When U.S. Treasury Secretary Jacob Lew meets with Finance Minister Alfonso Prat-Gay on Monday, he will bring a clear message from Washington: nice job, keep going.
It’s hardly a secret that relations between Buenos Aires and Washington have improved since President Mauricio Macri took office and Lew’s visit will solidify those strong relations.
“We see Argentina has taken strong steps to generate private sector confidence, including the Article IV review [by the IMF], repairing economic statistics, normalizing access to international capital markets and working to combat corruption,” a senior Treasury official said this afternoon during a conference call with reporters.
Lew will be traveling to Argentina as part of a tour of four major Latin American economies, including Brazil, Colombia and Mexico. It’s hardly a coincidence that all the countries have seen a sharp shift in policy recently, aligning themselves more with Washington as they try to lure investment by instituting more business-friendly policies.
During his meeting with Prat-Gay, Lew will talk about ways the U.S. Treasury can help Argentina “while it continues the long process of reintegrating to the global economies” and changes “unsustainable policies” that led the country to “the verge of crisis” last year, the official added. The whitewashing law will also be on the agenda at a time when Buenos Aires wants the help of the United States to track down Argentines with undeclared assets abroad. “That is an issue that is very much on our radar screens, we plan to have a conversation with the finance minister about that issue to get a broader and fuller sense of what it is he’s doing,” the Treasury official said.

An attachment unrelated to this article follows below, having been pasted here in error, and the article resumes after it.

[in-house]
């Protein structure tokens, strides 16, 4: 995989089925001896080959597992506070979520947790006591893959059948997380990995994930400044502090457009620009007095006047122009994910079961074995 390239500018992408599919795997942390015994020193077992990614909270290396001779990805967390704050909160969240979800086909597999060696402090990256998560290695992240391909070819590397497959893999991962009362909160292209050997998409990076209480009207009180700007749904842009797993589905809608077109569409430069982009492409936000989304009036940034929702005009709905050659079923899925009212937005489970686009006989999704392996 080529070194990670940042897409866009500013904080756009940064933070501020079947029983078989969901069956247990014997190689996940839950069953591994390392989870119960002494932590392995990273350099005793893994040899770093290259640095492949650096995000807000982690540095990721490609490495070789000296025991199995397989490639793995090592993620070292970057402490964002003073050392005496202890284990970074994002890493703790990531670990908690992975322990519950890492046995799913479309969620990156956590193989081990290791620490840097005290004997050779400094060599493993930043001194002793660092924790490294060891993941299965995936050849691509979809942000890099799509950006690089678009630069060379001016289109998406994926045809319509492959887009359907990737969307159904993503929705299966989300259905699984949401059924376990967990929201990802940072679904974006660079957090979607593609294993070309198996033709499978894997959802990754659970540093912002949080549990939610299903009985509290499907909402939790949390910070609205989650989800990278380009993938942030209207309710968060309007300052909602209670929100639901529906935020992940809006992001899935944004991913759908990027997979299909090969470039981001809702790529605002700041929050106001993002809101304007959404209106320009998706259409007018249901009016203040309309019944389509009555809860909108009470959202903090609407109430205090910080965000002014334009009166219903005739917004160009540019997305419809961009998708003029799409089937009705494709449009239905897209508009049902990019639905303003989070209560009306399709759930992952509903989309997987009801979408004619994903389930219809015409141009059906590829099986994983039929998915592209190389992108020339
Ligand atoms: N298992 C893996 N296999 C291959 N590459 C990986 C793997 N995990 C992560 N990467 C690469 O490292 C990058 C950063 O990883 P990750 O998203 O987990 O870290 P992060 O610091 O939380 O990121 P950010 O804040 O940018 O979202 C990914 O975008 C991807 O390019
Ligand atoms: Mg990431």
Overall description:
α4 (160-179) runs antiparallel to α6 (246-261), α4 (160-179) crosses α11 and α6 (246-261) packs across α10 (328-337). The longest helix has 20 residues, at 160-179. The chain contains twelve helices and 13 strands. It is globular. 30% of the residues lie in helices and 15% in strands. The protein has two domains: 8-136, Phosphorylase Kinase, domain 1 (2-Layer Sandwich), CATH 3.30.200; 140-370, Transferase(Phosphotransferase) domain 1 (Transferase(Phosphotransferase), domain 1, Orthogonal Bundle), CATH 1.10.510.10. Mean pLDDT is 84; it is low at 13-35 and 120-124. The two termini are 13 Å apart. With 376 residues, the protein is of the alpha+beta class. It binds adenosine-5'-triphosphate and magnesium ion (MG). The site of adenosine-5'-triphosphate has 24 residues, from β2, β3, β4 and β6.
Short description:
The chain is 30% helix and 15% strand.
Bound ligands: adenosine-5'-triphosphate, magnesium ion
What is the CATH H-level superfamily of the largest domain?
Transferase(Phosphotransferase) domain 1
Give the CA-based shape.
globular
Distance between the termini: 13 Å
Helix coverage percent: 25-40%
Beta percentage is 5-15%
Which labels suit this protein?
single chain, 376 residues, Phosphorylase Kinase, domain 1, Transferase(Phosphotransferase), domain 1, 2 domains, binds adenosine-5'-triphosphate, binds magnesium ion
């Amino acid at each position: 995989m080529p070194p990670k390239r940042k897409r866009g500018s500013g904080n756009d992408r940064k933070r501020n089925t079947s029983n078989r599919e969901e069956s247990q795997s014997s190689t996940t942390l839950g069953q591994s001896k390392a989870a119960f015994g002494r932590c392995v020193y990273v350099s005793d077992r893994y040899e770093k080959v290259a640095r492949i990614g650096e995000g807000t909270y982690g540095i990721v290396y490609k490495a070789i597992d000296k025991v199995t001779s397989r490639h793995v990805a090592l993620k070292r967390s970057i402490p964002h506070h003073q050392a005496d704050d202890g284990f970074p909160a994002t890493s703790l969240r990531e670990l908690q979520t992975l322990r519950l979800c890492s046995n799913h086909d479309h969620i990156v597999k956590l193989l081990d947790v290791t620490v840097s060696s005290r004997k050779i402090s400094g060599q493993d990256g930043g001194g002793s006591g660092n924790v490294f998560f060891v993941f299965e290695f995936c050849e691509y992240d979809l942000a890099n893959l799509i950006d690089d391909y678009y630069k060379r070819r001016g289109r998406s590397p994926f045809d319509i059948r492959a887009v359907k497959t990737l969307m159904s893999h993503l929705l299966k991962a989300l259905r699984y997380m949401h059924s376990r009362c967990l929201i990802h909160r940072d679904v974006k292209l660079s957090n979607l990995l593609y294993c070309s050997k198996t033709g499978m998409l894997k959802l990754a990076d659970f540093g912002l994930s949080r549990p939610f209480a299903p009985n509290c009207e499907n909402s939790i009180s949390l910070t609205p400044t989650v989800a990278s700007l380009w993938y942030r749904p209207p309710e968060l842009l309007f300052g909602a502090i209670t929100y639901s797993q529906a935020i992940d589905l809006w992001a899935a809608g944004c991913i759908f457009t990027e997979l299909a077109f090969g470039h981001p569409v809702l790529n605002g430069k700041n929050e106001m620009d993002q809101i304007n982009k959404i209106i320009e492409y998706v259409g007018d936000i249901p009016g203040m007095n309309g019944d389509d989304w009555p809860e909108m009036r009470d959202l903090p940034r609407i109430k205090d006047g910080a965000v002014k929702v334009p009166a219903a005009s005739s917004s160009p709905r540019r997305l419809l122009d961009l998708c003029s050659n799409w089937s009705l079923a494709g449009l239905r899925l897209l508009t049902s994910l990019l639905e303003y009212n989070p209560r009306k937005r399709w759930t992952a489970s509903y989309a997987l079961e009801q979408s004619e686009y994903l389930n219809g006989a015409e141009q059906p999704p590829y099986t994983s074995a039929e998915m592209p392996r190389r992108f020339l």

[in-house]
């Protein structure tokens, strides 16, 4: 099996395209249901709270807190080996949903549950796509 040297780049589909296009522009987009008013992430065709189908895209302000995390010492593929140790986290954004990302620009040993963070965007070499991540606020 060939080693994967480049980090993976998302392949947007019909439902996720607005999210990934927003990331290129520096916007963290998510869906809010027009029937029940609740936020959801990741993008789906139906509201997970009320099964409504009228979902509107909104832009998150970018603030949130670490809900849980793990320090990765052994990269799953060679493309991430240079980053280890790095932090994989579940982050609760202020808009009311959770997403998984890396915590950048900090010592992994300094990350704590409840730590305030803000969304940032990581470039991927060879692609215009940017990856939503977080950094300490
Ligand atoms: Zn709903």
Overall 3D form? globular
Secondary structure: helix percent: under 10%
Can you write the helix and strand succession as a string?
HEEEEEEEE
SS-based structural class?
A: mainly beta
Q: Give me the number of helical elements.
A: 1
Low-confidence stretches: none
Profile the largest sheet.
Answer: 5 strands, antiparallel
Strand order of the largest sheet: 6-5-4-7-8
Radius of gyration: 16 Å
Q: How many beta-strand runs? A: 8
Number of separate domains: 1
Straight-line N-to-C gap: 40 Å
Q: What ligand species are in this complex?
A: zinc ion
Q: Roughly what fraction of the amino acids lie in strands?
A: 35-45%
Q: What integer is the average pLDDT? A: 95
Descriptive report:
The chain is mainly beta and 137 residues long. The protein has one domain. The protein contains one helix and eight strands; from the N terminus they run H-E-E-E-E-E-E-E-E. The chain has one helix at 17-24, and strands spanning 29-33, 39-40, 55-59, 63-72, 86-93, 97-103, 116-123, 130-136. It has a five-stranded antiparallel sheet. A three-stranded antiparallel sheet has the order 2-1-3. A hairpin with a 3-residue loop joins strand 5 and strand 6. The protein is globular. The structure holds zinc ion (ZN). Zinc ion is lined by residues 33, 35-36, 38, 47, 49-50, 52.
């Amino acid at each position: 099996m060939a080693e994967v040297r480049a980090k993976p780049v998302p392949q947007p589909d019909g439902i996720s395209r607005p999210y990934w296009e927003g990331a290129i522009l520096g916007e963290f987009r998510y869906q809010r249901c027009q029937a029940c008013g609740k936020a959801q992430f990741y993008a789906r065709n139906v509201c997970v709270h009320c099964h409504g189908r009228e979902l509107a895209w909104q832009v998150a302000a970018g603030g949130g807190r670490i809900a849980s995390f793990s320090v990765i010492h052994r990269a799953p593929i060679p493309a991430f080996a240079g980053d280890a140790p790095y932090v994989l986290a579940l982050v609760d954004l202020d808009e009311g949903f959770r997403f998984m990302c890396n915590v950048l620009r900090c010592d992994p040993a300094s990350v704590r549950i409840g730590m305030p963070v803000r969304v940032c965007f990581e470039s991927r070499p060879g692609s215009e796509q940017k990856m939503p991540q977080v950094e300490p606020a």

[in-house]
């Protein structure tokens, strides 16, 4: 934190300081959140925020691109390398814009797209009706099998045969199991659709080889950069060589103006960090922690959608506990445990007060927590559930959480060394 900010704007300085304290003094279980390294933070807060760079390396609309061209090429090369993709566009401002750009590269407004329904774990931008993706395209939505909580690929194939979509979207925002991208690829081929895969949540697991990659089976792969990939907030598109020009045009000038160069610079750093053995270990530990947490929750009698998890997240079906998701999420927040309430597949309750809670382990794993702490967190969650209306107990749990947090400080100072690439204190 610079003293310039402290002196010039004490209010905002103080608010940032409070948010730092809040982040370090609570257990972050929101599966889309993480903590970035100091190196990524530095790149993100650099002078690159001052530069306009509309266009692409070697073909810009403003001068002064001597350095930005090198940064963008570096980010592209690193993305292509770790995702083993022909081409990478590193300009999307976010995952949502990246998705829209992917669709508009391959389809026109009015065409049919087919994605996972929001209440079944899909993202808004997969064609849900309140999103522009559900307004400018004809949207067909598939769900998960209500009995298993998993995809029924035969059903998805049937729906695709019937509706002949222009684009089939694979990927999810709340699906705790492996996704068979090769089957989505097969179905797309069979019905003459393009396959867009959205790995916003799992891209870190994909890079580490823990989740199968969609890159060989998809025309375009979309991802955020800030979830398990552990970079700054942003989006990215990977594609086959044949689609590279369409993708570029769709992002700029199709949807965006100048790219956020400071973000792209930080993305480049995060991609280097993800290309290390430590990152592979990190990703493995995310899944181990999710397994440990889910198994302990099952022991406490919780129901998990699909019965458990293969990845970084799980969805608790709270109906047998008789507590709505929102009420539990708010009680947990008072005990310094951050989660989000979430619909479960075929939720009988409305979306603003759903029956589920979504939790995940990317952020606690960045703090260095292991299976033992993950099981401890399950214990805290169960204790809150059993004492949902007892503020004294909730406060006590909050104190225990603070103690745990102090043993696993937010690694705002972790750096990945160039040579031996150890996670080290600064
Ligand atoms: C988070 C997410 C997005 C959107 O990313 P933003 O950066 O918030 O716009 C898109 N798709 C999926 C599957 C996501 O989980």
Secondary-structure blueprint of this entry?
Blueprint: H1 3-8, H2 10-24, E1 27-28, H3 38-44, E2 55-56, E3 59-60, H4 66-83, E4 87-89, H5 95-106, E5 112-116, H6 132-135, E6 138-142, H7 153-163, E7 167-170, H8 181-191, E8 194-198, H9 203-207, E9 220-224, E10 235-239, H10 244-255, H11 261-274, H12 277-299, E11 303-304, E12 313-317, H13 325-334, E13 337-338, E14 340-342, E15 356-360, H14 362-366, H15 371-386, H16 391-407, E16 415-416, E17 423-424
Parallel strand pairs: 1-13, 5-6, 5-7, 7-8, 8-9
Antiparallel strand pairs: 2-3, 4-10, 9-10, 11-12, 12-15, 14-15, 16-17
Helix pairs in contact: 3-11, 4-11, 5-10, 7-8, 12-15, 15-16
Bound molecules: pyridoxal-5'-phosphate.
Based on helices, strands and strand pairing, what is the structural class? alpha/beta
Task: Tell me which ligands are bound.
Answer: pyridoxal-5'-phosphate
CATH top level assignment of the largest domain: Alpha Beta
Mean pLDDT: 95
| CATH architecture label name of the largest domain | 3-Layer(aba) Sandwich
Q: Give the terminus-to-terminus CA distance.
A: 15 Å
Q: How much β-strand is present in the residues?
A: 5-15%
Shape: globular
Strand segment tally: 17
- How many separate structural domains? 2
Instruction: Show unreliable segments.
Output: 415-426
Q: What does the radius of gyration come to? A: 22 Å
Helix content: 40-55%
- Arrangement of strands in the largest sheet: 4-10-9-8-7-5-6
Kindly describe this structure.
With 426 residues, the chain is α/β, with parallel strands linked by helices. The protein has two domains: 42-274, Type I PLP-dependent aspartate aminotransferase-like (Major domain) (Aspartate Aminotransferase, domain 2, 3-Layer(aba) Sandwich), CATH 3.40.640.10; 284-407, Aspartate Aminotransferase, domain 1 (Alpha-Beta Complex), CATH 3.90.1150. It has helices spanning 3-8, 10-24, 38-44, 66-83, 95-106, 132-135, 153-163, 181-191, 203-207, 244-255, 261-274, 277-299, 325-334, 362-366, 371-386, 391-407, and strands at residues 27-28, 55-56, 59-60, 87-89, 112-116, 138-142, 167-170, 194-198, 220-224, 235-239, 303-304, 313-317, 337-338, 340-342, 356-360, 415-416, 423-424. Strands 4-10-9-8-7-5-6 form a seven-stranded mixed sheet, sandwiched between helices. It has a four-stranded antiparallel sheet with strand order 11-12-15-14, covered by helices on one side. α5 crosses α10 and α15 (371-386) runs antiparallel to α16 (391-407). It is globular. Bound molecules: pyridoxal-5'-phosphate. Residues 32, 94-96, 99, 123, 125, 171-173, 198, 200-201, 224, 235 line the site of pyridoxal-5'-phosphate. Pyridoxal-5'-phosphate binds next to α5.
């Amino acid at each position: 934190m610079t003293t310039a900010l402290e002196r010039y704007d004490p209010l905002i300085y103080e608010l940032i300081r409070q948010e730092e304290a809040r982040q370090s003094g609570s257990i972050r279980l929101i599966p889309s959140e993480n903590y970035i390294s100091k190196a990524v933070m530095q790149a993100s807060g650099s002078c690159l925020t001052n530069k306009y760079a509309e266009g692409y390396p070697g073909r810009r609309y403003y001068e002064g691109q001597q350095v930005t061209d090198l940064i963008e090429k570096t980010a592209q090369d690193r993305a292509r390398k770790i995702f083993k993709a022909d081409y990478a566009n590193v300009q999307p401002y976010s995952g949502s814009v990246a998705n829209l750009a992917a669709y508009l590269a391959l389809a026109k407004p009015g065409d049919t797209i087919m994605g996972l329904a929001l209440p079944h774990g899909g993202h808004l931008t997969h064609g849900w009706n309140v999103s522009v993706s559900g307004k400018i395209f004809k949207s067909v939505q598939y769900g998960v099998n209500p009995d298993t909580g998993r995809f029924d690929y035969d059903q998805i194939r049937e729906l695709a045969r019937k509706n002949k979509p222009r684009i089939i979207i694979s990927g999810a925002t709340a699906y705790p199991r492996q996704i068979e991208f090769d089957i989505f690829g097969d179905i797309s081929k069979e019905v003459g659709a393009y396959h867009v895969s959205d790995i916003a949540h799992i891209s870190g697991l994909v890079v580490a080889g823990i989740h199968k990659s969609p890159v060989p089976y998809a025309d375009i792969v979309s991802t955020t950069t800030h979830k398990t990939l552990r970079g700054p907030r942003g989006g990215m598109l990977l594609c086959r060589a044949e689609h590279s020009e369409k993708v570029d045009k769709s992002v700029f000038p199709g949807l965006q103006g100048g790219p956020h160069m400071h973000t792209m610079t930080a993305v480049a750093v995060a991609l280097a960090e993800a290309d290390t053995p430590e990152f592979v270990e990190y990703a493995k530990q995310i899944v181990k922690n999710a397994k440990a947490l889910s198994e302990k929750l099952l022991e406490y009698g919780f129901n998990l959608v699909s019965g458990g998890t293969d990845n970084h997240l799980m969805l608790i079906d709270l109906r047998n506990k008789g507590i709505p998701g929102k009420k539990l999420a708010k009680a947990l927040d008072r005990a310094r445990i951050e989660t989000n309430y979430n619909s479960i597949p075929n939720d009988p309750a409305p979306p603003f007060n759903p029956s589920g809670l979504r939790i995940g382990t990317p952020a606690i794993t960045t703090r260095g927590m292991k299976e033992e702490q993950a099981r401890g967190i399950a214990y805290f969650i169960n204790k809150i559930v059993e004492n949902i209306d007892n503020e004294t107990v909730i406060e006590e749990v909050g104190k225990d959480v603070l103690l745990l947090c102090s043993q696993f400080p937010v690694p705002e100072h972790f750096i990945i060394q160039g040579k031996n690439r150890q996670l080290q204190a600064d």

Lew will be the first U.S. Treasury secretary to visit Argentina since 2002.
“Our message is one of the benefits of ongoing economic reforms and disciplined economic policies in these economies,” the official said about the general theme of the trip. “The message we’re carrying is on the need to continue with these policies, to highlight the engagement we have had and continue to have with key economic players in these economies.”
The Brazil visit will be particularly significant as Lew will be the first member of President Barack Obama’s Cabinet to visit the country after Michel Temer was sworn-in as president.
Lew has been one of the Obama officials who has most publicly supported Macri’s reforms since the beginning of his administration. In fact, he met with Prat-Gay in Davos at the end of January to congratulate him on the economic reforms and said Washington was ending its policy of opposing most lending to Argentina from the multilateral development banks.
Even though Lew will have a day filled with meetings in Buenos Aires, the Treasury said it will only release his full schedule the day before his arrival. What we do know now is that Lew will be hosting a talk on the global economy and U.S.-Argentina relations at the Torcuato Di Tella University (UTDT) on Monday at 4 PM.